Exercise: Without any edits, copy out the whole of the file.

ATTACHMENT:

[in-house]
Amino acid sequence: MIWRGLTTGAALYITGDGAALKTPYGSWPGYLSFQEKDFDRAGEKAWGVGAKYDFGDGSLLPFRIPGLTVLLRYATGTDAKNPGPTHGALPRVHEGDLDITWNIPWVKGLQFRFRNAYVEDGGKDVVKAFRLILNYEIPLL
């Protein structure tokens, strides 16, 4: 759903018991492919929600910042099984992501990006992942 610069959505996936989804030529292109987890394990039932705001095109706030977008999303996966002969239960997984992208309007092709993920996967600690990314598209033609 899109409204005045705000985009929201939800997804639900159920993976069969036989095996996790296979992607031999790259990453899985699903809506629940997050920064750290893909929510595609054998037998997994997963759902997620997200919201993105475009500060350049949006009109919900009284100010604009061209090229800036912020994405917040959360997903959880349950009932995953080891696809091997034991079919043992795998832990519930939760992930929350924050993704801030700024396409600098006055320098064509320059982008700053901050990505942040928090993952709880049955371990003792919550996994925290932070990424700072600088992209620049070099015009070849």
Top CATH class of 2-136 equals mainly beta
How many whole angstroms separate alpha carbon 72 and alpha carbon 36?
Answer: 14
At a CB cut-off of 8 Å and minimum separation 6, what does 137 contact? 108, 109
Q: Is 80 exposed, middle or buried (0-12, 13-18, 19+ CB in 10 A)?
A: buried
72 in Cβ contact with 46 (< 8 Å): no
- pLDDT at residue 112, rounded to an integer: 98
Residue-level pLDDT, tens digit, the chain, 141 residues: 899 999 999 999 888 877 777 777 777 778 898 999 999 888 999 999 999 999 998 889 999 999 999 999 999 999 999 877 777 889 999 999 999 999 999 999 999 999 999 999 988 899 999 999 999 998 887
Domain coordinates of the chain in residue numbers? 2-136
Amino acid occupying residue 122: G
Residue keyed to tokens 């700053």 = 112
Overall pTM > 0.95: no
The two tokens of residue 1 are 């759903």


[in-house]
Amino acid sequence: MIWRGLTTGAALYITGDGAALKTPYGSWPGYLSFQEKDFDRAGEKAWGVGAKYDFGDGSLLPFRIPGLTVLLRYATGTDAKNPGPTHGALPRVHEGDLDITWNIPWVKGLQFRFRNAYVEDGGKDVVKAFRLILNYEIPLL
């Protein structure tokens, strides 16, 4: 759903018991492919929600910042099984992501990006992942 610069959505996936989804030529292109987890394990039932705001095109706030977008999303996966002969239960997984992208309007092709993920996967600690990314598209033609 899109409204005045705000985009929201939800997804639900159920993976069969036989095996996790296979992607031999790259990453899985699903809506629940997050920064750290893909929510595609054998037998997994997963759902997620997200919201993105475009500060350049949006009109919900009284100010604009061209090229800036912020994405917040959360997903959880349950009932995953080891696809091997034991079919043992795998832990519930939760992930929350924050993704801030700024396409600098006055320098064509320059982008700053901050990505942040928090993952709880049955371990003792919550996994925290932070990424700072600088992209620049070099015009070849």
Top CATH class of 2-136 equals mainly beta
How many whole angstroms separate alpha carbon 72 and alpha carbon 36?
Answer: 14
At a CB cut-off of 8 Å and minimum separation 6, what does 137 contact? 108, 109
Q: Is 80 exposed, middle or buried (0-12, 13-18, 19+ CB in 10 A)?
A: buried
72 in Cβ contact with 46 (< 8 Å): no
- pLDDT at residue 112, rounded to an integer: 98
Residue-level pLDDT, tens digit, the chain, 141 residues: 899 999 999 999 888 877 777 777 777 778 898 999 999 888 999 999 999 999 998 889 999 999 999 999 999 999 999 877 777 889 999 999 999 999 999 999 999 999 999 999 988 899 999 999 999 998 887
Domain coordinates of the chain in residue numbers? 2-136
Amino acid occupying residue 122: G
Residue keyed to tokens 């700053």 = 112
Overall pTM > 0.95: no
The two tokens of residue 1 are 């759903």